When Financial Gambles Trickle Down to Indonesia's Streets
Average workers are caught in a downward spiral created by banks and businesses.
JAKARTA, INDONESIA — If you want to know who plunged a country of 200 million people into poverty, ask the Harry brothers. But don't forget to ask Chase Manhattan, Citibank, and American Express too.
The five Harry brothers have been reasonably successful shrimp exporters since 1966 near Surabaya, the second-largest city, after Jakarta, on the island of Java. Their Sekar Group has 10,000 workers, making it the area's second-largest employer. Foreign banks have found Sekar a reliable partner.
But something went horribly wrong in late 1996 and early 1997. Company balance sheets for 1996 show that profit margins were up even though the company's main business was running into difficulty as pollution made shrimp harder to catch.
By then, the real profits were made speculating on the dollar. In what is called a "forward swap," the company bought dollars with rupiah, the Indonesian currency, in exchange for a promise to sell the dollars back in the future. Sekar presumed that the dollar exchange rate against the rupiah would only decline by 2 or 3 percent. That was much cheaper than borrowing domestically. Many Indonesian companies borrowed simply to deposit funds in banks, not to fund operations.
After years of swapping small amounts, Sekar in early 1997 arranged for at least $600 million in swaps with 15 banks and issued a wave of short-term bonds as well. "They went crazy," says one banker who lent to Sekar, interviewed by the Monitor on condition of anonymity. "The upside was 1 or 2 percent. On the downside, there was no bottom."
Until August 1997 that bottom had been a government policy to depreciate the rupiah by no more than 3 percent per year.
But then the rupiah crashed, along with most regional currencies. It is now worth a fifth of what it was worth then. Thus Sekar's debts, now estimated at close to $1 billion, cost five times as much to pay. In 1996, the last year the company reported, profits were only $13 million.
Sekar is only one of the more ambitious risk takers among more than 100 leading Indonesian businesses, from small-fry shrimp farmers to managers of multibillion-dollar conglomerates who made gambles like this.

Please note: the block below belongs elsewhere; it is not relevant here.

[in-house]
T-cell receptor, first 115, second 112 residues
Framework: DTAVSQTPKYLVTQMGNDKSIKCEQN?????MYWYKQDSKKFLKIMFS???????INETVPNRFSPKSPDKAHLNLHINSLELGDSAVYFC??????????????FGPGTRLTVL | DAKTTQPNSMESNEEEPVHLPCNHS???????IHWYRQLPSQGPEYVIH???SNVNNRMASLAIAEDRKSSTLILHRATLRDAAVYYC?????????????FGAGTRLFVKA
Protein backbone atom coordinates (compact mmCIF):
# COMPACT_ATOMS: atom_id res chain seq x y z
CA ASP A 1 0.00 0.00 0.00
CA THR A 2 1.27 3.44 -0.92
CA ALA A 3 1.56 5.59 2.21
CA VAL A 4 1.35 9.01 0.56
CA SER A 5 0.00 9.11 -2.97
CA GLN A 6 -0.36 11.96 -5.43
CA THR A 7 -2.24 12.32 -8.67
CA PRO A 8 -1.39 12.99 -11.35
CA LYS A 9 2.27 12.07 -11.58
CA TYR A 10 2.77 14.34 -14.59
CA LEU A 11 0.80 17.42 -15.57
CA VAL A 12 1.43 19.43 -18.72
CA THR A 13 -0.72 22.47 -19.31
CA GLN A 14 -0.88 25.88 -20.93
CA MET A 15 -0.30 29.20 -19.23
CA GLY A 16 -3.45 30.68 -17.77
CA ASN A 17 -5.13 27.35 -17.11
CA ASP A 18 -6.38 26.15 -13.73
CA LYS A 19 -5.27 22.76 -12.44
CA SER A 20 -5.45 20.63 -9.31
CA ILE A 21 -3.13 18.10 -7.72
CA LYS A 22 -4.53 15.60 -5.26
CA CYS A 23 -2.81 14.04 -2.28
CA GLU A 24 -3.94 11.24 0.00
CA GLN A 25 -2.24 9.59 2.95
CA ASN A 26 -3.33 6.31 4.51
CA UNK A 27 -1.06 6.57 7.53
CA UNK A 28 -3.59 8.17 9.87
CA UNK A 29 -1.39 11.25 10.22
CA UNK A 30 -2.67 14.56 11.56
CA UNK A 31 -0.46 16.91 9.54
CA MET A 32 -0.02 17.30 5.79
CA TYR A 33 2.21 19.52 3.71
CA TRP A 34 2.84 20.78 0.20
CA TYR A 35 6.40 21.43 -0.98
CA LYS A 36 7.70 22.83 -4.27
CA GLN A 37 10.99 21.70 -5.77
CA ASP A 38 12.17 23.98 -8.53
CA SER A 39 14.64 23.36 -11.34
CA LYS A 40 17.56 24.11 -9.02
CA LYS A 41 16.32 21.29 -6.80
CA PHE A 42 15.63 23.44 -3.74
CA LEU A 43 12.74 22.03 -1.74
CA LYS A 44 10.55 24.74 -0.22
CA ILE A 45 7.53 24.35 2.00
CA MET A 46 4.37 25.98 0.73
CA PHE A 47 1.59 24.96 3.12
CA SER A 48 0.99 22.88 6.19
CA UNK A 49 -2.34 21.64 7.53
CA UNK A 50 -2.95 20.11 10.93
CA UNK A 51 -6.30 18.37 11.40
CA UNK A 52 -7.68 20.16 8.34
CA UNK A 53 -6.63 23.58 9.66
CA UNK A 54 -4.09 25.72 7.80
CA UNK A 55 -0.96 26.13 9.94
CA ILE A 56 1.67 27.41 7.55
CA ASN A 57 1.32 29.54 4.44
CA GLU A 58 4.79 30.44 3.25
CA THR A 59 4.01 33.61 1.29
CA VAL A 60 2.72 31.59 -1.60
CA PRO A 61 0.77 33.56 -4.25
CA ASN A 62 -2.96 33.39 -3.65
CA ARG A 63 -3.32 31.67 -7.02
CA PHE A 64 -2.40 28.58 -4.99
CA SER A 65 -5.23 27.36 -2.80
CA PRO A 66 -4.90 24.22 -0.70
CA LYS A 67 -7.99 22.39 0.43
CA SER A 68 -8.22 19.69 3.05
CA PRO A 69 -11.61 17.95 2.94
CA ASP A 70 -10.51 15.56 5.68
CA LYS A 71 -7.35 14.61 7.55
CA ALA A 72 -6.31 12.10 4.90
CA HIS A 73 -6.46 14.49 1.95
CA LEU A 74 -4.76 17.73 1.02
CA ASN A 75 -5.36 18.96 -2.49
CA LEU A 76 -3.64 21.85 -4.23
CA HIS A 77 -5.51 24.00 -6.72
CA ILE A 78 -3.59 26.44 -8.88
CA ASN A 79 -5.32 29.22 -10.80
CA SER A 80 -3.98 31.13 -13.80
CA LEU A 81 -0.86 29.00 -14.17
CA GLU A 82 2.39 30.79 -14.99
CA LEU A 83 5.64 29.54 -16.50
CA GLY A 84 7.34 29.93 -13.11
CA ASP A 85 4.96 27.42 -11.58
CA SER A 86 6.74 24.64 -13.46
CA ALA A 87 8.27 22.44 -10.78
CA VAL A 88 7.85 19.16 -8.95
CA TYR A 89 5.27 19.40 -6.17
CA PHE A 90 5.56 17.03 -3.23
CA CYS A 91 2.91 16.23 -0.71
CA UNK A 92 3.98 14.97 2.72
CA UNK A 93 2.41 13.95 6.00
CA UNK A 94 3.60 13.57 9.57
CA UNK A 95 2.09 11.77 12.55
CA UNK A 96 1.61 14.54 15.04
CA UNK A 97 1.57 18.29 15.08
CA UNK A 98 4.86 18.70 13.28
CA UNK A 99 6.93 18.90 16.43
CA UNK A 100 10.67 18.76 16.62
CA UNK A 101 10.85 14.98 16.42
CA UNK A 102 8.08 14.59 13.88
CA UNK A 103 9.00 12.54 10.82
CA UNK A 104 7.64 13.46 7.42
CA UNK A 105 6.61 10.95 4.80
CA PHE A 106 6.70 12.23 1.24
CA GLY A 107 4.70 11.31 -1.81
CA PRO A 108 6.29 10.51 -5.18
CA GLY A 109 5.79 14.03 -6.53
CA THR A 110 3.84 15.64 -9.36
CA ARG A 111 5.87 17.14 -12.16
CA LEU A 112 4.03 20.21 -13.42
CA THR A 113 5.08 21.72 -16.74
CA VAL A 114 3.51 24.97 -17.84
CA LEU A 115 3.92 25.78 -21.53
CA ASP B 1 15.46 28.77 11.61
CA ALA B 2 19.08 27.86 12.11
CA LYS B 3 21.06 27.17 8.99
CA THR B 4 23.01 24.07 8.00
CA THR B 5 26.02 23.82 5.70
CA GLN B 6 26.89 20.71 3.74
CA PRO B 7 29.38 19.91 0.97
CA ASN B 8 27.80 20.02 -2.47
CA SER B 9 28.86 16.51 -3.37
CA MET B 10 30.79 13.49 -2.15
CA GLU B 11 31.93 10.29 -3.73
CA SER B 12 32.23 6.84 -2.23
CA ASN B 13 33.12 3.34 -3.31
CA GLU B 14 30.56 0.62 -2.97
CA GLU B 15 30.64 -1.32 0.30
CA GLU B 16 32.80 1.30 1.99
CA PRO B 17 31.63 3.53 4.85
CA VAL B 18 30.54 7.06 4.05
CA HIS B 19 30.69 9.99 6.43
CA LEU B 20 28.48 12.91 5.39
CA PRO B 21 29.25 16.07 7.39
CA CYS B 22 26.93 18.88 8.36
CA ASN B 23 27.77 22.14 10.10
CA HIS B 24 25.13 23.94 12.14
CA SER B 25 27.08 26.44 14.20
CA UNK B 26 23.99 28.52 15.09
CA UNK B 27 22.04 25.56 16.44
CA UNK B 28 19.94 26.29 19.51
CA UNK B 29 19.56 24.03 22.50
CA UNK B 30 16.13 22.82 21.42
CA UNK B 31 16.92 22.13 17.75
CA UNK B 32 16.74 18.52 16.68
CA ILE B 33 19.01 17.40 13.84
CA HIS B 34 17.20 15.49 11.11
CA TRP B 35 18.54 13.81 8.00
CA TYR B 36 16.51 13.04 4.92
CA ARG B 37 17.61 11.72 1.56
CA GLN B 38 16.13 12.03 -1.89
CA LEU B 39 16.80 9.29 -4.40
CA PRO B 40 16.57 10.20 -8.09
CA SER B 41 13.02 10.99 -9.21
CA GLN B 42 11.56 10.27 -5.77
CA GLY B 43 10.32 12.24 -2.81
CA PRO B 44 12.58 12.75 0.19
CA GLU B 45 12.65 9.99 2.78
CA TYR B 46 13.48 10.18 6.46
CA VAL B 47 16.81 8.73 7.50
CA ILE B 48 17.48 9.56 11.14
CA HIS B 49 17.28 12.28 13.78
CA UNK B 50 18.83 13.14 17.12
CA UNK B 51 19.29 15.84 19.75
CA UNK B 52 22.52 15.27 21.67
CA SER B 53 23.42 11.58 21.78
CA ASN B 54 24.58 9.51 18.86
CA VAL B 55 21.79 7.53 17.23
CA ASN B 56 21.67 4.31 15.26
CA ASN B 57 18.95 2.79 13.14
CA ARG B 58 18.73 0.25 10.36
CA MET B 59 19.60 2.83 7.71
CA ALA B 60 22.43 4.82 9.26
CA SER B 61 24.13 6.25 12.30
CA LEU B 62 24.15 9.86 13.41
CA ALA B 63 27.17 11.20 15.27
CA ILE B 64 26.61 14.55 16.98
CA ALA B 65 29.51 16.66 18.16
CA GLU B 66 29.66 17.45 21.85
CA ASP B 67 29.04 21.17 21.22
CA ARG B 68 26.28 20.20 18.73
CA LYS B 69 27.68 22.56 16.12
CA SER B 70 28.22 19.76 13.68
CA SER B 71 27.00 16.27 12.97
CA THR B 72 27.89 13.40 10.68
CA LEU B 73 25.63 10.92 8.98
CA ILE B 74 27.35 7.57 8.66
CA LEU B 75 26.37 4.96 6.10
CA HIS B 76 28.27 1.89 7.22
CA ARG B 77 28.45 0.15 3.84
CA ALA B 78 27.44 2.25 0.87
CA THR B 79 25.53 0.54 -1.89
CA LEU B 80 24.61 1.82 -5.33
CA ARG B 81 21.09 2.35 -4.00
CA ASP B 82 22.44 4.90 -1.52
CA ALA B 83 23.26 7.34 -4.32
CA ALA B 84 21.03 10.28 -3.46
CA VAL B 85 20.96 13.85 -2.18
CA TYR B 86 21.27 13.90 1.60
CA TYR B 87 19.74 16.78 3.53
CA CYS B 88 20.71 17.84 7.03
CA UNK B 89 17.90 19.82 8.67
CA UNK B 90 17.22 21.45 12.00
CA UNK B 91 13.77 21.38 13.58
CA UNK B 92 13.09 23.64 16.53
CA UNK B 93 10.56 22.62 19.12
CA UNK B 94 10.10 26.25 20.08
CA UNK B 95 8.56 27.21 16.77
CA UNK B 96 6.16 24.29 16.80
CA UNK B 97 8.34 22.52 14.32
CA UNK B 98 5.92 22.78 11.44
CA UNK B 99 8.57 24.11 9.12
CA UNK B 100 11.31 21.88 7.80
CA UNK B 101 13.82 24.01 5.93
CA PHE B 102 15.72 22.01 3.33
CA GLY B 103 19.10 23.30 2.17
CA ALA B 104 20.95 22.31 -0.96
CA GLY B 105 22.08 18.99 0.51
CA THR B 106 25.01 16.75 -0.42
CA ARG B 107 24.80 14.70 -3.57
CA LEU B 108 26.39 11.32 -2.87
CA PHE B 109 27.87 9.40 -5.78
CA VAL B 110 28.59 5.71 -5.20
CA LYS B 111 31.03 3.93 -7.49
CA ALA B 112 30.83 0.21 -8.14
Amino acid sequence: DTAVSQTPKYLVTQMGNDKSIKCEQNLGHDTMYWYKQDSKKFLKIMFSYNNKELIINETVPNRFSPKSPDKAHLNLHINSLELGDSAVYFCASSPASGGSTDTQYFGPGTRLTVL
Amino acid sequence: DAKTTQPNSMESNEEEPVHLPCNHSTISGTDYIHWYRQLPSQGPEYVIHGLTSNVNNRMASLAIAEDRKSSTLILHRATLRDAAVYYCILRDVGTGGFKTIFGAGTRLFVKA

So did foreign banks. Chase Manhattan, American Express, Citibank, Deutsche Bank, Crdit Lyonnais of France, Rabobank of the Netherlands, Standard Chartered of Britain: They were all in on it. And most lost.
But Indonesia's people lost more, even though they were never in the game. Investors panicked when they realized how deeply exposed Indonesian companies were. Investors sold shares and stopped lending. Indonesian conglomerates that had borrowed on little but their good name rushed to buy dollars to pay their debt, which drove down the rupiah further and increased the value of the debt in rupiah, causing a vicious cycle.
Swept along in this spiral were the Indonesian poor, who lost their jobs and saw prices of imported foods skyrocket. Combined with a bad rice harvest, the economic crisis has brought food shortages to parts of Indonesia and left millions more malnourished because they cannot afford to pay for what is on the store shelves.
THE Harry brothers are not starving. Mercedeses and BMWs still pulled up to their office earlier this month, but guards say the brothers are out of town. Phone calls have not been returned.
The brothers avoid most of their debtors and decline numerous requests for comment. Sekar has paid back only one bank, Rabobank, in January.
Chase Manhattan, American Express, and a handful of European banks have cried foul.
"They want us to go away and forget about them," a European banker says. "But we know they can pay." Several of Sekar's lenders plan to sue it as soon as amendments to the bankruptcy law come into force Aug. 20.
Chase, which would not comment, is said to hold the largest claim on Sekar. But none of the banks' debts are large enough to do more than marginal damage to shareholders at home.
Three of the banks involved conceded, on condition of anonymity, that they were well aware that Sekar was speculating on the dollar.
Many Indonesians, and even some of the bankers themselves, say that international banks should publicly accept their share of the blame for the Indonesian crisis and write off part of the debts owed. Few have done so, putting their hopes on the new bankruptcy courts.
That may mean that thousands of Sekar Group employees, and millions of others across Indonesia, will lose their jobs.